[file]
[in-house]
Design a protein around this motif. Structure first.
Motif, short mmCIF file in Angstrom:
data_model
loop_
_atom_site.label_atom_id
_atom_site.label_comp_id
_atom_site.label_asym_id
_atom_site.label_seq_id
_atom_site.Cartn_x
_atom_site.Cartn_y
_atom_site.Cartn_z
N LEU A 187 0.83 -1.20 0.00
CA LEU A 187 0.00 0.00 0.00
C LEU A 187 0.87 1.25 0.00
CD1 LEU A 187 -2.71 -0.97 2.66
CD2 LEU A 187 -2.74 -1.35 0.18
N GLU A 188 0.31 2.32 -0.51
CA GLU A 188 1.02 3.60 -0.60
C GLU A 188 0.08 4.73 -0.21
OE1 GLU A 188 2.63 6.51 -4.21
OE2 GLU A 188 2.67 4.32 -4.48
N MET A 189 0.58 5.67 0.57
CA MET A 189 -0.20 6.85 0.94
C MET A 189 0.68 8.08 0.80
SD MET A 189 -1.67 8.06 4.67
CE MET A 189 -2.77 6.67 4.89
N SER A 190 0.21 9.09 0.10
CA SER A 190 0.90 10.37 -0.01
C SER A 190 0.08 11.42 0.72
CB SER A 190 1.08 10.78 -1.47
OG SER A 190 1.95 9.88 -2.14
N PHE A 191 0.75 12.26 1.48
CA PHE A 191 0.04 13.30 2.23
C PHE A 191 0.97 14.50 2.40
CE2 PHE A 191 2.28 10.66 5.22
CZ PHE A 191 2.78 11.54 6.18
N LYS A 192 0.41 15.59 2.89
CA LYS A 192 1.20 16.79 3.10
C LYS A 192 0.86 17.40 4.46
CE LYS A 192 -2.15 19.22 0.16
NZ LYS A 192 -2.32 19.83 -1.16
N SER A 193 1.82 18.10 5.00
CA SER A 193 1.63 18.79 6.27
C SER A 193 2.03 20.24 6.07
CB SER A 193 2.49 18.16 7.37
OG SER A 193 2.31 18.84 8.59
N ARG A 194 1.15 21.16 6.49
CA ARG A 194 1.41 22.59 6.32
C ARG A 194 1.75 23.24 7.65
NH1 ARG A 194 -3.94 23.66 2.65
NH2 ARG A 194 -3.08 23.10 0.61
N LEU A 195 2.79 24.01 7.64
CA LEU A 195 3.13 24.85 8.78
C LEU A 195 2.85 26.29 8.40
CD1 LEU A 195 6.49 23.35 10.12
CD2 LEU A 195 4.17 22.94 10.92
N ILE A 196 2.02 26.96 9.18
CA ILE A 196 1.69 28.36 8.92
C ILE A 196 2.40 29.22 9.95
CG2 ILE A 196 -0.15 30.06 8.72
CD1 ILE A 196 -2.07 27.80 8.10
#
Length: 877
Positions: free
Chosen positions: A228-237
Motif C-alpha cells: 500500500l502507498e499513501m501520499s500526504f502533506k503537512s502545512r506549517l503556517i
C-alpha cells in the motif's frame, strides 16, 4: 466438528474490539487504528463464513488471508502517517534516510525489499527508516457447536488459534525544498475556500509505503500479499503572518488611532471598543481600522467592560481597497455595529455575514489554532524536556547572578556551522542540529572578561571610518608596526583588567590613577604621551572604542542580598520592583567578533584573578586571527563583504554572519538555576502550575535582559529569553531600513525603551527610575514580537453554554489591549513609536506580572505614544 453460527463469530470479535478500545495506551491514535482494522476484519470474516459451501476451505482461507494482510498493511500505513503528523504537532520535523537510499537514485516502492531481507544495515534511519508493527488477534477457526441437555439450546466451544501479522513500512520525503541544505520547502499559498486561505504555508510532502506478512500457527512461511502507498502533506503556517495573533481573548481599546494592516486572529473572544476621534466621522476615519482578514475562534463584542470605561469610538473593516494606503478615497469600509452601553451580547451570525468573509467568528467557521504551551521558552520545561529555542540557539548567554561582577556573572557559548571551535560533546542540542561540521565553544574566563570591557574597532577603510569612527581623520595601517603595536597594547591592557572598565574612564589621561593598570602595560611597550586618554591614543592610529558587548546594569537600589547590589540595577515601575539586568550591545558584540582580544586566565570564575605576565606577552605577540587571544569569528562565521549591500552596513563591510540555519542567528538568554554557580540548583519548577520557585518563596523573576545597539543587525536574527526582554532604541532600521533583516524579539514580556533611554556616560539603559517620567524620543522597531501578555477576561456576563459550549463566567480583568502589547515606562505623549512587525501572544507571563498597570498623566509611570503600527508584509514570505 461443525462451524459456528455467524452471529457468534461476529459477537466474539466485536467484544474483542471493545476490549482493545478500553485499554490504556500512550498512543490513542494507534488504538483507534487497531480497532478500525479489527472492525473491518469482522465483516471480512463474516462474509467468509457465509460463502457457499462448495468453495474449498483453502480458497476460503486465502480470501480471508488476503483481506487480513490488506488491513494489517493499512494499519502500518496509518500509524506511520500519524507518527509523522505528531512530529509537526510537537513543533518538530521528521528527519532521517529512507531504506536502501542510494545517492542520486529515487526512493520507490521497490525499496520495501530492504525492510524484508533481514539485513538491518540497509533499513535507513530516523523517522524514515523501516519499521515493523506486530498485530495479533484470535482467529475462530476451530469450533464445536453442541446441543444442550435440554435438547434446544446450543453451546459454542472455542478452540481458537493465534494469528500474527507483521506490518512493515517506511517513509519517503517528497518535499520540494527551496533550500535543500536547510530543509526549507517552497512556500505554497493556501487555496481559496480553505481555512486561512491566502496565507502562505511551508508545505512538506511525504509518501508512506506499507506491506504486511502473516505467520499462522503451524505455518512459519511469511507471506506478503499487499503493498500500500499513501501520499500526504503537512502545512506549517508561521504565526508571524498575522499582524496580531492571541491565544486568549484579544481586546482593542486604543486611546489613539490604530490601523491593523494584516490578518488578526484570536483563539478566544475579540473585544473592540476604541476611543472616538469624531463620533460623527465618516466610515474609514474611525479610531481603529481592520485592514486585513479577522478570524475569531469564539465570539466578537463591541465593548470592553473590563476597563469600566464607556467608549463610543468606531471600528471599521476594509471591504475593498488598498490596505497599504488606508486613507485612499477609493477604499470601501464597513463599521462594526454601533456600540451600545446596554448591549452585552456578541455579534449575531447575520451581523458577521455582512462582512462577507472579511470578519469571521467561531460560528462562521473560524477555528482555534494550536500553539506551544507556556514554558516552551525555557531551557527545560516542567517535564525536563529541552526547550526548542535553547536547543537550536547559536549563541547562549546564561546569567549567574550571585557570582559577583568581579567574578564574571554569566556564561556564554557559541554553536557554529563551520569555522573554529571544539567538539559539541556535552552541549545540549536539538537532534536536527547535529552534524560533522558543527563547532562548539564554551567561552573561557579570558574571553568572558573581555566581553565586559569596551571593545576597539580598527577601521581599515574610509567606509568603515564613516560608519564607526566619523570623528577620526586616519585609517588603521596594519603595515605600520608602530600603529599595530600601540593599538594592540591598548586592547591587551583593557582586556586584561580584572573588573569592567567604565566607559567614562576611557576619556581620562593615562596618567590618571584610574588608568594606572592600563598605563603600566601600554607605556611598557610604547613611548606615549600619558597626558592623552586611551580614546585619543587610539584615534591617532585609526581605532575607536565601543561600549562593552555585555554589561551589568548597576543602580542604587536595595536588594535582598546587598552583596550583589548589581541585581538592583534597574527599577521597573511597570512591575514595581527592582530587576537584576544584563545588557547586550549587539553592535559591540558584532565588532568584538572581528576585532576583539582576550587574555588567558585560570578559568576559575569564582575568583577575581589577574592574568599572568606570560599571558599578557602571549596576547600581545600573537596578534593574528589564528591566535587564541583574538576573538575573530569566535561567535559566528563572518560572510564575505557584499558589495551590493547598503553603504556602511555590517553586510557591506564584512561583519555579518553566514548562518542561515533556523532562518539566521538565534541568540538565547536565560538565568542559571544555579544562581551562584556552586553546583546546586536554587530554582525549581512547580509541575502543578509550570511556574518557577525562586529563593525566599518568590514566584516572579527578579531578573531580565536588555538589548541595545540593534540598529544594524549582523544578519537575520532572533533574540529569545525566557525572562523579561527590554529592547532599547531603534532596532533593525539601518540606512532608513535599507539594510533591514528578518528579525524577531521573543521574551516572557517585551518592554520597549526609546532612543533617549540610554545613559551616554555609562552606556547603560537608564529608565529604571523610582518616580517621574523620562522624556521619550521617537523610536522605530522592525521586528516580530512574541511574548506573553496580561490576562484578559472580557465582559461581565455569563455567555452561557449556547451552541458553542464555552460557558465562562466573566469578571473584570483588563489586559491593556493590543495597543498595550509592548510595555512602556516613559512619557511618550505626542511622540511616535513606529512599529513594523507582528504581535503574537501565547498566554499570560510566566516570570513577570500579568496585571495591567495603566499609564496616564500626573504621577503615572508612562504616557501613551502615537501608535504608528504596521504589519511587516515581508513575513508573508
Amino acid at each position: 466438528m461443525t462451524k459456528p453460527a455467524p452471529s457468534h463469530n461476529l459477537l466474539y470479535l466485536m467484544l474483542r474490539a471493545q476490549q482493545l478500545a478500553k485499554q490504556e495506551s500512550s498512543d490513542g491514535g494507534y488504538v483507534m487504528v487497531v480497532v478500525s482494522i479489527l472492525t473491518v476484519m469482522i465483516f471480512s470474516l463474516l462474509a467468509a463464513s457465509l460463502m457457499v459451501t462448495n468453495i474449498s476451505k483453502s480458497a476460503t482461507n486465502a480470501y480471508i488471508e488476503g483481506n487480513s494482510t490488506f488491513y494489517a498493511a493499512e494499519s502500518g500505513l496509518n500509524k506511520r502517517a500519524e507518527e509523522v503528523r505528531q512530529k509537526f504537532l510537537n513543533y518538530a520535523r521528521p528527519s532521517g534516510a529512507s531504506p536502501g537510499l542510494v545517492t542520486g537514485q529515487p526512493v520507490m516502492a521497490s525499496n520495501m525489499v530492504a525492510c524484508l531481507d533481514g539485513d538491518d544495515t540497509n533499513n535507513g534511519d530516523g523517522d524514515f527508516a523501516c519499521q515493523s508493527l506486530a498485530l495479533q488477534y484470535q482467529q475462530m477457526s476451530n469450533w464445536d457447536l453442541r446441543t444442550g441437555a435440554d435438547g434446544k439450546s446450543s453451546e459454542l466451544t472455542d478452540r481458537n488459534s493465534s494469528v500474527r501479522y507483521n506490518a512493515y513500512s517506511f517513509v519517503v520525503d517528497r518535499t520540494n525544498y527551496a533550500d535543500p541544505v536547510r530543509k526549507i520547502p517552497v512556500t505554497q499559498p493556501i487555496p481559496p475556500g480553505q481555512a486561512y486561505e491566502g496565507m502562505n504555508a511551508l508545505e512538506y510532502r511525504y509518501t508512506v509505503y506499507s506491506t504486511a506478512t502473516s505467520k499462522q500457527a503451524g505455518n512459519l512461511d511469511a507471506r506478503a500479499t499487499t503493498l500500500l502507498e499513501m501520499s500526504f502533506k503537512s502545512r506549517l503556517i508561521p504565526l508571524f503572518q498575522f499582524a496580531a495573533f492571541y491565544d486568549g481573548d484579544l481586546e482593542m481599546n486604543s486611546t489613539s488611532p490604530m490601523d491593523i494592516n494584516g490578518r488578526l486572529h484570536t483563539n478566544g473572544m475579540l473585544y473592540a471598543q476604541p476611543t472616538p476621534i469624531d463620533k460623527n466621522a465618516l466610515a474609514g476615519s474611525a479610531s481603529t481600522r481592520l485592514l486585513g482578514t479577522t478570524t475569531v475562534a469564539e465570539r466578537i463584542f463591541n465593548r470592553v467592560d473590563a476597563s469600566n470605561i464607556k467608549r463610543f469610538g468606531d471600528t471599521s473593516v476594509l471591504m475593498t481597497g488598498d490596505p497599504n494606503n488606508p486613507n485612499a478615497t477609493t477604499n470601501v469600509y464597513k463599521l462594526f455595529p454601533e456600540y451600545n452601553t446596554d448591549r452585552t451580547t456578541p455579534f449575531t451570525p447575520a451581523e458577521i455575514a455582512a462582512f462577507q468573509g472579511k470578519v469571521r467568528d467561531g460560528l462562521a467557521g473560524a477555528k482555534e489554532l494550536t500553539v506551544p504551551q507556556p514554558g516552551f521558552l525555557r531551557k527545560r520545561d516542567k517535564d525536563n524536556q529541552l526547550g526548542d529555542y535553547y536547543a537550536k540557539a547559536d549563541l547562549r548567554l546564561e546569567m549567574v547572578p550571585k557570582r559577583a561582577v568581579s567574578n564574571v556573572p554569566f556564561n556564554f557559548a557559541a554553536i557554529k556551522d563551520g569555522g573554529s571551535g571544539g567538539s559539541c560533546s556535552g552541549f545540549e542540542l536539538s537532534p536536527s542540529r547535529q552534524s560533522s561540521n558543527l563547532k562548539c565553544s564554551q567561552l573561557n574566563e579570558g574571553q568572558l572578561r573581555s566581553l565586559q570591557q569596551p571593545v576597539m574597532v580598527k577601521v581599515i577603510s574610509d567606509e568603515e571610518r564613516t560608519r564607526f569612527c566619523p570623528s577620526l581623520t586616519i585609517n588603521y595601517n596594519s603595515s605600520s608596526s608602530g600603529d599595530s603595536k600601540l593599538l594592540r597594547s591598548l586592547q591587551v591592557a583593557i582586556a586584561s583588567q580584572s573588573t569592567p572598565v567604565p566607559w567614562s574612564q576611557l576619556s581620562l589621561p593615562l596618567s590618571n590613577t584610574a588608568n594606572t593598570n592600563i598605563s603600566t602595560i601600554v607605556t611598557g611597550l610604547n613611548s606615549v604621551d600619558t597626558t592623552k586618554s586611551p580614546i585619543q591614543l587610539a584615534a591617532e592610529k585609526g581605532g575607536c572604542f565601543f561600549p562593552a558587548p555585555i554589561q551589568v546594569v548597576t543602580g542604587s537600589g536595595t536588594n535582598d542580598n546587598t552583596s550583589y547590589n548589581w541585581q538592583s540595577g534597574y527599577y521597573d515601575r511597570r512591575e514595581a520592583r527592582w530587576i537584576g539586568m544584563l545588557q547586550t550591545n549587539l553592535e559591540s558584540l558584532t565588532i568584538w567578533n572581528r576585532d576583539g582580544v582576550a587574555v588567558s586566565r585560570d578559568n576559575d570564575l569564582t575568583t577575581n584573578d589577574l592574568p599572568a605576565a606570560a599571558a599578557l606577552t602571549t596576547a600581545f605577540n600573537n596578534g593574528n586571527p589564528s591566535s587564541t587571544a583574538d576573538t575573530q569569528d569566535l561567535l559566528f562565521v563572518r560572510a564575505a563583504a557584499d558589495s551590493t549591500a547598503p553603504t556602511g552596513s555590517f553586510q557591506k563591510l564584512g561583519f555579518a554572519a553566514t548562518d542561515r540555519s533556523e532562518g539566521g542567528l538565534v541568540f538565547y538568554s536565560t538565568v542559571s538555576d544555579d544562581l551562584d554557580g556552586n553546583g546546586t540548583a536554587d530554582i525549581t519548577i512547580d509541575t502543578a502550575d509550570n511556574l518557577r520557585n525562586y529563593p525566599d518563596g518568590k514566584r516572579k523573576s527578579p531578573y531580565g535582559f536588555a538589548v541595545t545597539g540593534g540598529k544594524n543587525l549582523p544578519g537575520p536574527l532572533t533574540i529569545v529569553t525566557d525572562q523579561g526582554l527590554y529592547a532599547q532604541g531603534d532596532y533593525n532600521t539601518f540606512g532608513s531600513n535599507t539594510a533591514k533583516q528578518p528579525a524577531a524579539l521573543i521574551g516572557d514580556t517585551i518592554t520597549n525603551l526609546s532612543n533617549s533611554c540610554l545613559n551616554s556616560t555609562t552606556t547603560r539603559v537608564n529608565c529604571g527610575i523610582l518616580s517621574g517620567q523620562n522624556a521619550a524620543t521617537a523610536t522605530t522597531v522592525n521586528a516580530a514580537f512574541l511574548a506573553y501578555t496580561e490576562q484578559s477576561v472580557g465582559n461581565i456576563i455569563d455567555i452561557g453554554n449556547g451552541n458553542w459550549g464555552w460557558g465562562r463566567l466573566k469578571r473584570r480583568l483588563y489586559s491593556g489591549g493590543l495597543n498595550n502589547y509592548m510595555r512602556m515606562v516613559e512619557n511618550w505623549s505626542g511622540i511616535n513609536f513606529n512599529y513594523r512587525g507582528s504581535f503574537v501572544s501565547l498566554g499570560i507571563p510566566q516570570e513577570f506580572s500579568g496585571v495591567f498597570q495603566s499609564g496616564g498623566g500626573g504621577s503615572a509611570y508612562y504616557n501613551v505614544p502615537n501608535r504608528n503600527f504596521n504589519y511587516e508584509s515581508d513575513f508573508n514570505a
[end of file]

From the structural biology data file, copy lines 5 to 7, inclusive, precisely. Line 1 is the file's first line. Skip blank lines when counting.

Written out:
loop_
_atom_site.label_atom_id
_atom_site.label_comp_id